January 18, 2020
Nick Kroll, Adam and Jackie Sandler and Rachel Brosnahan at the 25th Annual Critics' Choice Awards. Photos courtesy of Getty Images for The Critics Choice Association

Members of the Tribe Celebrate at the 25th Critics’ Choice Awards

Hundreds of stars graced the blue carpet in Santa Monica on Jan. 12 for the 25th annual Critics’ Choice Awards. This year brought an extensive list of nominations featuring Jewish content, including “Schitt’s Creek,” “Big Mouth,” “The Marvelous Mrs. Maisel,” Amy Schumer’s “Growing,” Jenny Slate’s “Stagefright,” Seth Meyers’ “Lobby Baby,” “Jojo Rabbit,” “Uncut Gems,” “1917,” “Joker” and “Marriage Story.” 

Accepting the award for best supporting actress in a comedy series for her role in Amazon’s “The Marvelous Mrs. Maisel,” Alex Borstein thanked her two most important critics: her parents. 

“This is a huge honor but not a huge surprise because I was raised by two of the harshest critics in the world,” Borstein said. “One of them is here with me tonight — my father. My parents were able to in a single breath tell me that they love me, that I was the greatest thing since sliced bread but also that I ate too much bread, that I should stop eating so much bread, that I was starting to look like bread.”

Caroline Aaron, who plays Shirley Maisel, told the Journal at this point in the series, everyone feels like a family, which makes acting together so easy.

“I think really it makes a difference in the product,” Aaron said. “Having had this experience, I now believe chemistry is as important in casting as casting [for the part itself].”  

Tony Shalhoub, who plays Abe Weissman, told the Journal his favorite Season Three scenes were when Abe was processing big changes, particularly when he returns to his old classroom. 

Jewish Journal at the 2020 Critic's Choice Award!

Posted by Jewish Journal on Tuesday, January 14, 2020

“It feels to me like he has a foot in both worlds for a moment,” Shalhoub said. “He is saying goodbye but he’s trying like he is making an apology for the mistakes he has made, and it’s a bittersweet moment. Somehow, that really resonated with me.”  

Also in attendance was “Big Mouth” co-creator, writer and actor Nick Kroll. The show’s third season began streaming on Netflix in October, and fans of the animated comedy witnessed their favorite cast of quirky tweens (voiced by Kroll, John Mulaney, Jenny Slate and Jessi Klein, among others) navigating life during puberty. 

“Big Mouth” mirrors Kroll and co-creator Andrew Goldberg’s upbringing. It’s why, Kroll said, the show is inherently Jewish.  

“I think the episode [of] the Florida road trip where they go down to Andrew’s grandfather for Passover is probably one of the most Jewish things that’s ever been on television, so I’m incredibly proud of how we talk about what our experience was growing up,” Kroll said. 

Jewish actor Brett Gelman was also in attendance, representing Phoebe Waller-Bridge’s hit Amazon comedy, “Fleabag.” Gelman plays Martin, Claire’s despicable husband, on the show. He also plays quirky conspiracy theorist Murray on the Netflix sci-fi series “Stranger Things.”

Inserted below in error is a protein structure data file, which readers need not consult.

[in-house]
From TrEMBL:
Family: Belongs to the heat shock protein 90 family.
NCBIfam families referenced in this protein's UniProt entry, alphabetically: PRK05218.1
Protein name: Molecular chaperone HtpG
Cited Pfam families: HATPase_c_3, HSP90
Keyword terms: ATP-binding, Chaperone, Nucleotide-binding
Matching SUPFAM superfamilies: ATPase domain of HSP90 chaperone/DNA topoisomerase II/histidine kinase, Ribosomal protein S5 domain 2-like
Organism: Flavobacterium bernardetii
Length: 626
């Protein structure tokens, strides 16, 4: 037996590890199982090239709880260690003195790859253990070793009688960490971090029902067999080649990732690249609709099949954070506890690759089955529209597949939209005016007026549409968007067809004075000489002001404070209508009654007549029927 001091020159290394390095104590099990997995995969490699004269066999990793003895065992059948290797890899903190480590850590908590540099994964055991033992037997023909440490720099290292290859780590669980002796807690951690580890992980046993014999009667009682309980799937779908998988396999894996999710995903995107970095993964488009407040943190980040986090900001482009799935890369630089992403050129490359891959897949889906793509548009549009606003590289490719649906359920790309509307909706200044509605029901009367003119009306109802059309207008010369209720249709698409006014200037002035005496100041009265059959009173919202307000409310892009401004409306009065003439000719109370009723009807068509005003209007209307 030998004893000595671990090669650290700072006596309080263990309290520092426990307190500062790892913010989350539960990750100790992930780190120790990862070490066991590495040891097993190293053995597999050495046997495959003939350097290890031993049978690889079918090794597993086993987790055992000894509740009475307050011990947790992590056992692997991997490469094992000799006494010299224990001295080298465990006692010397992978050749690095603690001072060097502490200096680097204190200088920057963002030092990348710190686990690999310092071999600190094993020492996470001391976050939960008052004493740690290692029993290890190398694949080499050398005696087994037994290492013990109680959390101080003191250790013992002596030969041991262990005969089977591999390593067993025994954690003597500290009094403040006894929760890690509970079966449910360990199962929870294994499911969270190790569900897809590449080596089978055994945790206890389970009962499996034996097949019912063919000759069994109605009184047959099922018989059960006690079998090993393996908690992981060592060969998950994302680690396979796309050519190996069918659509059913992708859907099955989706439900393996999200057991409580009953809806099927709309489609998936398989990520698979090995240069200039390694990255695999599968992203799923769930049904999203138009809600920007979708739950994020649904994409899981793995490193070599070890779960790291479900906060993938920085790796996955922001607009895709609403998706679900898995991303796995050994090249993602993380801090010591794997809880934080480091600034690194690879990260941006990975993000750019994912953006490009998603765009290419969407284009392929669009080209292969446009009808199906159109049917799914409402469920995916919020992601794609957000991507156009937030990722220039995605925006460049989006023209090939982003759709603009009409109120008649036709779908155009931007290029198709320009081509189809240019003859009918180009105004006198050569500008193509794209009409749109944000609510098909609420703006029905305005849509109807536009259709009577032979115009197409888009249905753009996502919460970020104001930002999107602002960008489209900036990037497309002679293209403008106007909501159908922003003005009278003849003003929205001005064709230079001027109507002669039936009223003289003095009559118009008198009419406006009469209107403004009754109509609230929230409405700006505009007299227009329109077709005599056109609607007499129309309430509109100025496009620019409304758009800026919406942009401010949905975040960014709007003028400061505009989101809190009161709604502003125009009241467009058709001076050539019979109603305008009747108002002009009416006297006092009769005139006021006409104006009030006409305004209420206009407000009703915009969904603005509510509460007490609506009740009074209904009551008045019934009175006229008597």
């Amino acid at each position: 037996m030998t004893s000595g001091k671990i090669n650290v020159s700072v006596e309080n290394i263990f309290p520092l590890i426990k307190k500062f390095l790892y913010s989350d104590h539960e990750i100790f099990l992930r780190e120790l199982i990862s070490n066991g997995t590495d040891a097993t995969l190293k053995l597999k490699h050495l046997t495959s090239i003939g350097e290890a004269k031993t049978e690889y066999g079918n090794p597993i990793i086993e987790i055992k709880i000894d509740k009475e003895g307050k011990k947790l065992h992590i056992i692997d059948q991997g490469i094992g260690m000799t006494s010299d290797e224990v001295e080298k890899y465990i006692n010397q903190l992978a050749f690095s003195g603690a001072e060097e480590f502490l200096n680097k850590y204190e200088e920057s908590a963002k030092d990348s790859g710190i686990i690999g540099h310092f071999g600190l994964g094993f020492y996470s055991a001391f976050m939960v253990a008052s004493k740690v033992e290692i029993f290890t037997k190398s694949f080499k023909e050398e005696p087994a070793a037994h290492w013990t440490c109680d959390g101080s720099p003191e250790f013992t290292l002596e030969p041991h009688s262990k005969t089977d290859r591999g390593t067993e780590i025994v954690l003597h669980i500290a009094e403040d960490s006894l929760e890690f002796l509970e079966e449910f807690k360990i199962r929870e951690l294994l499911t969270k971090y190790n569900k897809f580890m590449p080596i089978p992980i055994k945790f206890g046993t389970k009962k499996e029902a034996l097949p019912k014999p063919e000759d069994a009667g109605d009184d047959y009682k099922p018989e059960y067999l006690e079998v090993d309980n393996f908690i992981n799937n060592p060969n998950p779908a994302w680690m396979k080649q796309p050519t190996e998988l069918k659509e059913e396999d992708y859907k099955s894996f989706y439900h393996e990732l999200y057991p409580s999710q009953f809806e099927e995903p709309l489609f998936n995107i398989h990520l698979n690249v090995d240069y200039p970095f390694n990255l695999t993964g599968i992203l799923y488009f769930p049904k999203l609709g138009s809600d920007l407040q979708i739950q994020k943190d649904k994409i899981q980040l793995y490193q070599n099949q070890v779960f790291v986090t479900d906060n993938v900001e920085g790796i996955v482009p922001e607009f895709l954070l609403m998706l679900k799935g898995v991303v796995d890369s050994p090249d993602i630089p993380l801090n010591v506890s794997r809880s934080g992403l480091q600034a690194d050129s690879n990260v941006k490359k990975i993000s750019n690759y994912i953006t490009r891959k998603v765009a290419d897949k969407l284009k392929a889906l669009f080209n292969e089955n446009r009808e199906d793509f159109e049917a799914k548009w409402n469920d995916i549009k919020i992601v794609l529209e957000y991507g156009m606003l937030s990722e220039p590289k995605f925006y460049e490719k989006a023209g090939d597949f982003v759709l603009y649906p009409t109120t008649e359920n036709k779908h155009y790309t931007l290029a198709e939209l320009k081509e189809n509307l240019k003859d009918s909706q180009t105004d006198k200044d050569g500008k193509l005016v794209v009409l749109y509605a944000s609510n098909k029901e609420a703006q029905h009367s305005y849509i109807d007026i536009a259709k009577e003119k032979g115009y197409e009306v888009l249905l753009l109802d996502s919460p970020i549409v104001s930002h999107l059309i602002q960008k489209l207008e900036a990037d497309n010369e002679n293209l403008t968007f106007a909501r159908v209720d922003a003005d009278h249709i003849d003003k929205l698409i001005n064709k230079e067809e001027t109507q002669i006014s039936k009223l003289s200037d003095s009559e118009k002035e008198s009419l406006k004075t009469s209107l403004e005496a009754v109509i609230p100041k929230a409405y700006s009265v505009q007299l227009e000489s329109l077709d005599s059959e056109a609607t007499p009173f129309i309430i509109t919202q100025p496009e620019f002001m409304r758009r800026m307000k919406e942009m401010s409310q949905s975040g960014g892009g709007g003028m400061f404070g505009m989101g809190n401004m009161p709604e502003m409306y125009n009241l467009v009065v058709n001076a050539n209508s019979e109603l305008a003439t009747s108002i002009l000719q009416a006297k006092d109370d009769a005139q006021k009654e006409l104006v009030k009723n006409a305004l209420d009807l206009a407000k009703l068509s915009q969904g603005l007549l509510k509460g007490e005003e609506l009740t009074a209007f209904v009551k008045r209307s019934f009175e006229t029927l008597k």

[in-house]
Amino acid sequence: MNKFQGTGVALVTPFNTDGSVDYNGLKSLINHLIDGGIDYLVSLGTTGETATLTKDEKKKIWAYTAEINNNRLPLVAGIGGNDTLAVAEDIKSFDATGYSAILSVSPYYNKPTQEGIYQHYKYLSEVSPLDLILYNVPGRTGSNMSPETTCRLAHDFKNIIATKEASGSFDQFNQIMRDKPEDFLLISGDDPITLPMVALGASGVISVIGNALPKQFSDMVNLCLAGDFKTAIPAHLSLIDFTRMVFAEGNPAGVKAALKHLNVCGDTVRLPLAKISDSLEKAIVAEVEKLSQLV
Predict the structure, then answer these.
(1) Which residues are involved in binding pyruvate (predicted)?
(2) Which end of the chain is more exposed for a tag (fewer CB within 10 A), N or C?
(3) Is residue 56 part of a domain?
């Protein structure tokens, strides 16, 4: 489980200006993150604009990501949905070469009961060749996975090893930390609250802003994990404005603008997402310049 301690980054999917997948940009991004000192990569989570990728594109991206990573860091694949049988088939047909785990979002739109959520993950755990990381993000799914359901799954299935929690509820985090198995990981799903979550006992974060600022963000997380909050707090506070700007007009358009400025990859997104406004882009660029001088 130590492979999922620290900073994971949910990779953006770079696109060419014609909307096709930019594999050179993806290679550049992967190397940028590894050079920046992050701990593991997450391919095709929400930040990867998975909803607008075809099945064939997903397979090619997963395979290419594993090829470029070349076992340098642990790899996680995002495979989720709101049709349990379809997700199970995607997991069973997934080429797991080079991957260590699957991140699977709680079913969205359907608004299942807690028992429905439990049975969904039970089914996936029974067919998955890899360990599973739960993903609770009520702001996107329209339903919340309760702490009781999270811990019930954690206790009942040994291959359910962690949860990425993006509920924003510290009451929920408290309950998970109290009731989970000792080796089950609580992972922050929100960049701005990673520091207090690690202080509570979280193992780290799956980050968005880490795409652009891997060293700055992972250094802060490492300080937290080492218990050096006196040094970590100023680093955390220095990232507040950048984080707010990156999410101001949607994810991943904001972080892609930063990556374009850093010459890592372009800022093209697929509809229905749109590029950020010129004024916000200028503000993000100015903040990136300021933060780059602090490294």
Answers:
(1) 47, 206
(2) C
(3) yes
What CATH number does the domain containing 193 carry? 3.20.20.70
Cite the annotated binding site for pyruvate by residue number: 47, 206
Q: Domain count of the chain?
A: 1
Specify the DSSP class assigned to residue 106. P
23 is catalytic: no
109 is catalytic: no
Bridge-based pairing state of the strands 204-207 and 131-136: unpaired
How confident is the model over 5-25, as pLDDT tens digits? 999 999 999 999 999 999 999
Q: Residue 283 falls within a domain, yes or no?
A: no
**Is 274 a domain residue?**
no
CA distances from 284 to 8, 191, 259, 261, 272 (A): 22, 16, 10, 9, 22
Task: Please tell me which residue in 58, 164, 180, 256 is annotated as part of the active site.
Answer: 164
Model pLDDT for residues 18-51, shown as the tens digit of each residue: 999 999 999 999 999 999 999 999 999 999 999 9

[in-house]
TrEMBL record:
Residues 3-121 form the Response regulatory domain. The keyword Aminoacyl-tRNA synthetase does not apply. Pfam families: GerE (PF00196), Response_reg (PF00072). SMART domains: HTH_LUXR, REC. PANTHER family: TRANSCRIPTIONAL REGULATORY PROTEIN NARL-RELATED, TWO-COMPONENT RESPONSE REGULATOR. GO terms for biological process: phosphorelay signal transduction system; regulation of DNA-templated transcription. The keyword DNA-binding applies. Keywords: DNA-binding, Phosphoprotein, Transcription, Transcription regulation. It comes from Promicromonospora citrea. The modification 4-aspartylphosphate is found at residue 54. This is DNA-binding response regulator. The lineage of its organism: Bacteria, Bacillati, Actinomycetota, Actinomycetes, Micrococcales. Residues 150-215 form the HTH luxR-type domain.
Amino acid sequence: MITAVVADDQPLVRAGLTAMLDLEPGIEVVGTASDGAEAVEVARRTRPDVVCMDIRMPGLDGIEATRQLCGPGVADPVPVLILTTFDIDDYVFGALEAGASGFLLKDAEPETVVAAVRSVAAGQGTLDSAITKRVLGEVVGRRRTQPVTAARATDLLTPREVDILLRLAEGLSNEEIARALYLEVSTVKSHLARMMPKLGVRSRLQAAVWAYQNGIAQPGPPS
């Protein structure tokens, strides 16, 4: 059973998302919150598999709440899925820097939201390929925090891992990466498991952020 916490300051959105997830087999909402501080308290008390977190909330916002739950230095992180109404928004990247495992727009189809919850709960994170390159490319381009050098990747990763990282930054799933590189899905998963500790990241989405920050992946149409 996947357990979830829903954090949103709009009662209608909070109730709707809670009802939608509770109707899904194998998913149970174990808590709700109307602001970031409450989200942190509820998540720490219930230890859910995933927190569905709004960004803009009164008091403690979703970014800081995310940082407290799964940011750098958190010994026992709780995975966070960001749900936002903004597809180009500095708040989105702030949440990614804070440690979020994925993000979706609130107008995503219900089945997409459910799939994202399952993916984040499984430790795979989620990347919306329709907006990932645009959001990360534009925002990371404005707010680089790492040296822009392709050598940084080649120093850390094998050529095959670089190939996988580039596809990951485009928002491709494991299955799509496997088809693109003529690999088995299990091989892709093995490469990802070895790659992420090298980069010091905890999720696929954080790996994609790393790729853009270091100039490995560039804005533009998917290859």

“I feel lucky,” Gelman said, noting he gets recognized for his role on “Stranger Things” more than for “Fleabag.” But, he added, “the ‘Fleabag’ audience has really widened thanks to the critics’ response and the awards we’ve been getting.”

 “My parents were able to in a single breath tell me that they love me, that I was the greatest thing since sliced bread but also that I ate too much bread, that I should stop eating so much bread, that I was starting to look like bread.” — Alex Borstein 

“Joker” took home three of the seven awards it was nominated for. The following day, it garnered 11 Oscar nominations. Production designer Mark Friedberg told the Journal that the biggest challenge in making the film was creating a new Gotham City that differed from the iconic superhero comics. 

“The hard part and the exciting part was to create a realistic Gotham City based in history,” Friedberg said. “We didn’t create our Gotham from other Gothams; we created it from whole cloth. Both Todd [Phillips, director of “Joker”] and I grew up in New York and so our Gotham was based in that reality, in the city that we knew.” 

Acclaimed songwriter Diane Warren received her 11th Oscar nomination for best original song the day after the Critics Choice Awards. She was nominated for her song “I’m Standing With You” from “Breakthrough,” about a 14-year-old boy who falls through the ice. If she wins, it will be her first Academy Award.

Warren wrote the song after seeing one of the film’s more intense scenes. 

“The community rallied behind [the boy],” Warren said. “They’d sing in his hospital window when he was in a coma. The preacher asked everyone in the room to stand up who kept believing and everybody in that room stood up. I remember that moment just got me, so I came in the next day and started that song and I was crying. It was really emotional and I thought it was a perfect song for the movie.” 

“The message is so strong,” she continued. “Especially right now with what’s going on in our country and the world, people feeling alone and divided. To hear, ‘Through whatever you go through, I’m standing with you’ is a powerful statement. It goes right to your heart.”